This study evaluated relationships between changes in resting cardiac autonomic markers derived from a novel smartphone device within the first 3 weeks of a 5-week conditioning program and the eventual change in intermittent running performance among a collegiate female soccer team. The 2 main findings were as follows: (a) the very large relationship between [INCREMENT]Yo-Yo and [INCREMENT]Ln rMSSDcv, which indicated that the participants who showed a decrease in Ln rMSSDcv from weeks 1 to 3 experienced a greater improvement in Yo-Yo performance posttraining and (b) acquisition of daily HRV data with a smartphone application using ultrashort recordings provided meaningful training status information. This supports the efficacy of shortened and more convenient HRV recording procedures (<2 minutes) compared with traditionally used methodology that requires up to 10-minute HRV recordings for evaluating training adaptation in athletes (6,15,16,29).
The CV reflects the daily fluctuation in Ln rMSSD across a training week and is believed to reflect the stress and recovery process in response to training (7). For example, Schmitt et al. (36) found that fatigued elite endurance athletes displayed lower HRV and higher interindividual variation in HRV parameters compared with those who were nonfatigued. Buchheit et al. (11) reported higher Ln rMSSDcv in less fit athletes throughout a 3-week training camp in young soccer players. It was found that in contrast to other HR measures (e.g., exercise heart rate and heart rate recovery), only Ln rMSSDcv was associated with a faster MAS (r = 0.52, p = 0.002) (11). Athletes characterized with lower day-to-day variability (i.e., Ln RMSSDcv) experienced less homeostatic perturbation likely because of a greater capacity for training stress (11). However, these HR measures were derived from postexercise recordings (11) unlike this study that evaluated resting HR measures. In a recent case study, Ln rMSSDcv was associated with a faster 8-km race time in a collegiate male runner (19). However, along with a decrease in the weekly mean, a reduced Ln rMSSDcv was associated with the development of nonfunctional overreaching in an elite female triathlete (32). Based on these previous studies (11,36), it is conceivable that the decrease in Ln rMSSDcv observed in this study indicated adequate recovery, appropriate training loads, and positive adaptation. In contrast, the athletes characterized with an increased Ln rMSSDcv were possibly experiencing higher fatigue and inadequate recovery.
Of importance to the strength and conditioning coach are the potential factors that influence daily HRV changes and thus Ln rMSSDmean and CV values. Acute decreases in vagal-HRV indices seem to be mode and intensity related (31,38). Low-intensity aerobic work can stimulate parasympathetic activity within 24 hours (13), whereas intense conditioning or RT can require between 48 and 72 hours to return to baseline (13,31,38). Recovery modalities such as cold-water immersion have been shown to stimulate parasympathetic reactivation after training and are associated with improved rating of perceived sleep quality in athletes (3). Additionally, hydration status and plasma volume changes (10) and non–training-related factors such as sleep quality and psychosocial stress may also contribute to greater acute fluctuation in HRV (7,39). Ensuring adequate nutrition and sleep practices in addition to limiting non–training-related stressors may therefore help facilitate recovery and training adaptation.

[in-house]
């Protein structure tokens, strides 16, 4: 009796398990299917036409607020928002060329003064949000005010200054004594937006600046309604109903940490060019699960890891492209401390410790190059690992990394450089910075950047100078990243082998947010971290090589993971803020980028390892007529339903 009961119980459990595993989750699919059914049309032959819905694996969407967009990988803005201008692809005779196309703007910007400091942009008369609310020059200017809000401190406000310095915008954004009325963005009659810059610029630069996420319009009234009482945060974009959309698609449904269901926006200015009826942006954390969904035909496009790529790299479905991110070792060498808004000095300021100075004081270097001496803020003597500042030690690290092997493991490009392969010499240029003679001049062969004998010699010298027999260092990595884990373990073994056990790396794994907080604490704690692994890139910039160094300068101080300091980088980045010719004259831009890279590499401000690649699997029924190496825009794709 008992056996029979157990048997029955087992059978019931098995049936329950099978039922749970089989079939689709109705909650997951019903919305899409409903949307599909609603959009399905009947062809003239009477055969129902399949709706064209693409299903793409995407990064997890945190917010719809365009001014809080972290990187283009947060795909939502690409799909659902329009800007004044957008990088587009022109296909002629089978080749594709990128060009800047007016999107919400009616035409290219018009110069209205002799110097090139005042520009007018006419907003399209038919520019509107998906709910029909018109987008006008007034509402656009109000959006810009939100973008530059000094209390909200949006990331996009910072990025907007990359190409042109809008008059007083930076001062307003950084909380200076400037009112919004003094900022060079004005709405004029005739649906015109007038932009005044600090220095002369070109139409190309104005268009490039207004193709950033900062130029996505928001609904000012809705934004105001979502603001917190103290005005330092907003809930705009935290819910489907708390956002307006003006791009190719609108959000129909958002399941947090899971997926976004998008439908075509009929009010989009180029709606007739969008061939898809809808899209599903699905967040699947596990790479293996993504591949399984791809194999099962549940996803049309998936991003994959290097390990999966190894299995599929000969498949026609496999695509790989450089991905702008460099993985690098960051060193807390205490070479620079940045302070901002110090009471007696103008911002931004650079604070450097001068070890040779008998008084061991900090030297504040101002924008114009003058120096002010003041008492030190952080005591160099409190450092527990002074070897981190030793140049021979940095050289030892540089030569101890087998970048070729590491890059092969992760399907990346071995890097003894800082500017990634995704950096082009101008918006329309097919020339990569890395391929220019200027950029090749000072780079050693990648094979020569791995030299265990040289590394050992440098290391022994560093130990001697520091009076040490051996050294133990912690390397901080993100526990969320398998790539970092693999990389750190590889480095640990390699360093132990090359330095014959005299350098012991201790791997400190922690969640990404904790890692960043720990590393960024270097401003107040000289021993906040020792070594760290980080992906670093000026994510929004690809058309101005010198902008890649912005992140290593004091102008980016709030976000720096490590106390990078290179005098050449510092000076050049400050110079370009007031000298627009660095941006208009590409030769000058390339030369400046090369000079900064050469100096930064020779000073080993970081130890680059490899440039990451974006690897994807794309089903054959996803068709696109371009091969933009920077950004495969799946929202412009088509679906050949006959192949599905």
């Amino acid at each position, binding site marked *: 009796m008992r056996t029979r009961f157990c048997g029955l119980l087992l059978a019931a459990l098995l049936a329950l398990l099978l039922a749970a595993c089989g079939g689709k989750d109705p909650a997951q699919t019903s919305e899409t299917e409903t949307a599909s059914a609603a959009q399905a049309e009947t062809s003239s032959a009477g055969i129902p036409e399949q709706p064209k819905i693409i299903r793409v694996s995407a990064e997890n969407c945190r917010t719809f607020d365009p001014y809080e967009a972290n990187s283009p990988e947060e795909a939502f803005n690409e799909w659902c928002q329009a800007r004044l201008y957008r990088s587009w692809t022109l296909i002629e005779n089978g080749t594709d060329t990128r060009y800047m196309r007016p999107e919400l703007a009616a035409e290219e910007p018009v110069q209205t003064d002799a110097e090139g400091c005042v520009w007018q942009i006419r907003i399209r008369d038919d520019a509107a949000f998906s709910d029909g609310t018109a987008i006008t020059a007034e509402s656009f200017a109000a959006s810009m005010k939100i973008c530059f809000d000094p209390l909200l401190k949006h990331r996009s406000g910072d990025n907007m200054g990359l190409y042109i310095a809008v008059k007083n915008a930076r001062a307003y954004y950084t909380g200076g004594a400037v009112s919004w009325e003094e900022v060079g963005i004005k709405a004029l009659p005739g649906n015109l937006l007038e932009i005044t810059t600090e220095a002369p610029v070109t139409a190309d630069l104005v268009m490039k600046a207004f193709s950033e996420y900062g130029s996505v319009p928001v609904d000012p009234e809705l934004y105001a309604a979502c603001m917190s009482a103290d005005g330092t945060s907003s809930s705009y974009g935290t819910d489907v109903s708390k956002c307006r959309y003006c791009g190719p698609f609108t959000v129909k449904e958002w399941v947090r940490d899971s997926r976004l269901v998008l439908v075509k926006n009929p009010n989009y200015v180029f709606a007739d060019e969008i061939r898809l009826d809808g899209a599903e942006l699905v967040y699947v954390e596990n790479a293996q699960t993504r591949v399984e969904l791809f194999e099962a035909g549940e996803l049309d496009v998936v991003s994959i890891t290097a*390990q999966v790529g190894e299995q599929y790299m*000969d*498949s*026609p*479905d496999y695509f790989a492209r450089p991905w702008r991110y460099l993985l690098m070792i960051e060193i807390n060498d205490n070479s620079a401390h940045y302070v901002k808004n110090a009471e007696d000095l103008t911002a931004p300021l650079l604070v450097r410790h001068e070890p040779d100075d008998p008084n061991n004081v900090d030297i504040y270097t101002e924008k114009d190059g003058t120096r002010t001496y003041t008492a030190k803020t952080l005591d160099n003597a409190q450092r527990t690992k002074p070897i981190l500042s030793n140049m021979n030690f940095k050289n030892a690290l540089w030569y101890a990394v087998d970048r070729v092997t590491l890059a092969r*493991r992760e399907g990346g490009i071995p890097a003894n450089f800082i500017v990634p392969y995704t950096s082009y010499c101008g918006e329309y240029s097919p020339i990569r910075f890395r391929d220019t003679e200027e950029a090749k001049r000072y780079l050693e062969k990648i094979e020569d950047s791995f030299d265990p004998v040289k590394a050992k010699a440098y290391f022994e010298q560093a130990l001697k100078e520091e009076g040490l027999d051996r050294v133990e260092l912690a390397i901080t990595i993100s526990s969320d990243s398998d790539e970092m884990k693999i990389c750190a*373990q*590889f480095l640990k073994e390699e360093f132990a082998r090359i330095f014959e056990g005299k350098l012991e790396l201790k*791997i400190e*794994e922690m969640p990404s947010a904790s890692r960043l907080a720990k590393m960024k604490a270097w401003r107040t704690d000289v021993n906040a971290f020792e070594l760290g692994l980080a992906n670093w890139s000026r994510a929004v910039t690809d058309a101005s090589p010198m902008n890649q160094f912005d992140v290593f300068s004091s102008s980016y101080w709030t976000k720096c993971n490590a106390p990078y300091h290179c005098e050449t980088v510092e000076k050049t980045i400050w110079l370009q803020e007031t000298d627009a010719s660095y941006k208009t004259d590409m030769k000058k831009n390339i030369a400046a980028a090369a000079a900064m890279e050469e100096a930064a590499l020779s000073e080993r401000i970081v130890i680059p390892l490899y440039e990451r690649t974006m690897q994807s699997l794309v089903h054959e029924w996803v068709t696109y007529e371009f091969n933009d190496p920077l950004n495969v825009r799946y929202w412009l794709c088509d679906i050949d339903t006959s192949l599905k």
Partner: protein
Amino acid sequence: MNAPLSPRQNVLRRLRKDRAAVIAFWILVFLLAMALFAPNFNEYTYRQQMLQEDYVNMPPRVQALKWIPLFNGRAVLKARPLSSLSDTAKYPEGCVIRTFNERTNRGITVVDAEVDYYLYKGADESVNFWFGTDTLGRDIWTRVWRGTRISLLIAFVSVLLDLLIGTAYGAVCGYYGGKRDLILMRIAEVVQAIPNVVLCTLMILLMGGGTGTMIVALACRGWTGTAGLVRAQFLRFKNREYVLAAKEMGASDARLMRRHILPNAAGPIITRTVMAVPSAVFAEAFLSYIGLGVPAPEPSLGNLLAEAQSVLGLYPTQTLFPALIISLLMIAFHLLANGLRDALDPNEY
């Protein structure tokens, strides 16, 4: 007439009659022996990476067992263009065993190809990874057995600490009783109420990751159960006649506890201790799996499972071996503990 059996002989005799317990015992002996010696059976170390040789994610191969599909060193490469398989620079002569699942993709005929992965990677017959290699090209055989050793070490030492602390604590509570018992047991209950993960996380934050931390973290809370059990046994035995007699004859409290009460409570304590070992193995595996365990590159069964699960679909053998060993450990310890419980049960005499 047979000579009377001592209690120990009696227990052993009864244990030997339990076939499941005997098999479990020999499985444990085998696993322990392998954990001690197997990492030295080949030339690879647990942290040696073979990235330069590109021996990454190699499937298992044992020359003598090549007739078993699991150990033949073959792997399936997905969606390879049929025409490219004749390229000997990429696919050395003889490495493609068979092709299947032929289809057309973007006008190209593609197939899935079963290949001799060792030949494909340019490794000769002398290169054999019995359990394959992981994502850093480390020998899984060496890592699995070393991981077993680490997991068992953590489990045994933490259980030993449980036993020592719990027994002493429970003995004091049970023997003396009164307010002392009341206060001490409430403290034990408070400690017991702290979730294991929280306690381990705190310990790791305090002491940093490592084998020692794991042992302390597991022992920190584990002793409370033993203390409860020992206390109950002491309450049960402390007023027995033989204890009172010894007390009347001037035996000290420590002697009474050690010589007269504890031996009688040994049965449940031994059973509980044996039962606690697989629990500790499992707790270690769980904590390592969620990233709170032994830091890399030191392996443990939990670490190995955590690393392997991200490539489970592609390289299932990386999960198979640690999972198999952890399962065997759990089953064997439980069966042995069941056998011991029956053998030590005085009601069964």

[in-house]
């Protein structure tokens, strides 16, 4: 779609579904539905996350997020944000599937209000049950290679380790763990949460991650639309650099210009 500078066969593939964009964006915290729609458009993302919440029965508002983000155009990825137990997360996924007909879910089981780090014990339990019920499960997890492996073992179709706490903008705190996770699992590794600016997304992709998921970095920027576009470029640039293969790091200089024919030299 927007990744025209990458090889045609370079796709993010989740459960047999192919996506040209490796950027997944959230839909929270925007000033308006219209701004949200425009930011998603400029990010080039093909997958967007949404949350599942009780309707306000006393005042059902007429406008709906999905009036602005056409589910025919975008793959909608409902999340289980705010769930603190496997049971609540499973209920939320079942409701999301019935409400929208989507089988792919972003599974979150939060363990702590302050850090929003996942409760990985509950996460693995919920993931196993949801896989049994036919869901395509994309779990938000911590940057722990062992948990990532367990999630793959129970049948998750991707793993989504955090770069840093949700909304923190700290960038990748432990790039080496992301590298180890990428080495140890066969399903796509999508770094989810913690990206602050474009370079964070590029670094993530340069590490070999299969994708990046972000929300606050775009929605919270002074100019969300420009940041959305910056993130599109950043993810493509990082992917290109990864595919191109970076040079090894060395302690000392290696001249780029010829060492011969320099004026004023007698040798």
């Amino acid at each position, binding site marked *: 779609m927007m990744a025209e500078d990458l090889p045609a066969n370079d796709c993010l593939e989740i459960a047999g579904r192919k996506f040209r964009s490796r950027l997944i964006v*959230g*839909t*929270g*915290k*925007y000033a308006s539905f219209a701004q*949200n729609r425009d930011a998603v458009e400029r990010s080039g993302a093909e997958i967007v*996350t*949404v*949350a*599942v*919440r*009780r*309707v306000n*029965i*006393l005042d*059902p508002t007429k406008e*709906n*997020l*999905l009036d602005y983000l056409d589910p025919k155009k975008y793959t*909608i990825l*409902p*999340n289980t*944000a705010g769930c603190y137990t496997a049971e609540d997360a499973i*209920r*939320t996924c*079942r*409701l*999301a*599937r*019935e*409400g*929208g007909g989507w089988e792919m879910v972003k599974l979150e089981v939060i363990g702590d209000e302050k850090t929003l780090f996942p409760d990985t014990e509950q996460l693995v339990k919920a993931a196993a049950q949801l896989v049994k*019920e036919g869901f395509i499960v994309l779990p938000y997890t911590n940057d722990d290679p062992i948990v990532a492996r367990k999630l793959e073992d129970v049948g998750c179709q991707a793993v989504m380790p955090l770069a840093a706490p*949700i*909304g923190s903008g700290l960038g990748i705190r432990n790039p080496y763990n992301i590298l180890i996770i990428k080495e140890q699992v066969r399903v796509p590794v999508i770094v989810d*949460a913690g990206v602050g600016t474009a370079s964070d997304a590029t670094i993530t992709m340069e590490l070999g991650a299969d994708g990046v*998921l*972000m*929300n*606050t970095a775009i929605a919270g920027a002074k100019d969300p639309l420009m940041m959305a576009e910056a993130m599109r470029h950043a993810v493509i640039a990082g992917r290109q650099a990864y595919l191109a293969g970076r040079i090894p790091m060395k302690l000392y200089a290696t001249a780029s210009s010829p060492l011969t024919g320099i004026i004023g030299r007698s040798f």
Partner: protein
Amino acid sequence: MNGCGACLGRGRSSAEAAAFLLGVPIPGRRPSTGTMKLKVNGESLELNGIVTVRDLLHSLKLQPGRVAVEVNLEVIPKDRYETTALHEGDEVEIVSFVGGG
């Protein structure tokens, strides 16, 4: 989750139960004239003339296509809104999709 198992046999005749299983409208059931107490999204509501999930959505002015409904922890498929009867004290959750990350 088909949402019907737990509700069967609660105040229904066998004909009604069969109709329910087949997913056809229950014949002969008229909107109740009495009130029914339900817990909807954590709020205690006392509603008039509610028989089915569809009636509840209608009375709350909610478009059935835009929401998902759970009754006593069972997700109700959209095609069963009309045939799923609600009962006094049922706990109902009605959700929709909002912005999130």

Worth mention is the effectiveness of the MAS-based conditioning program adapted from Baker (4) for inducing significant improvements in Yo-Yo performance in just 5 weeks. The Yo-Yo test is useful for evaluating one's capacity to perform repeated bouts of intense running and to assess changes in performance (5). This test has also been shown to serve as an indicator of physical match performance in female soccer players (26). The MAS-based conditioning protocol seems to be an effective and easily implemented program that coaches may consider adopting to improve intermittent running capacity in female soccer players in relatively short time periods (e.g., 5 weeks).
The limitations of this study pertain to the small sample size and acquisition of HRV data from only 2 of the 5 weeks. Future research with larger sample sizes and more frequent HRV data collection may provide more insight into the evolution of HRV and its association with changes in fitness. Additionally, future research should assess the effectiveness of manipulating training load or recovery modalities for athletes demonstrating unfavorable HRV changes to support training adaptation. This study showed that a reduced Ln rMSSDcv after 3 weeks of training was largely associated with eventual changes in intermittent running performance. It seems that a reduction in daily fluctuations in Ln rMSSD is indicative of positive adaptation to training in female collegiate team-sport athletes. Acquisition of daily HRV data with a smartphone application using ultrashort recordings seems suitable for athlete monitoring.
The authors would like to thank the athletes for volunteering their time to participate in this study. The authors have received HRV tools from HRV Fit Ltd., for future research projects, established after the completion of this study.
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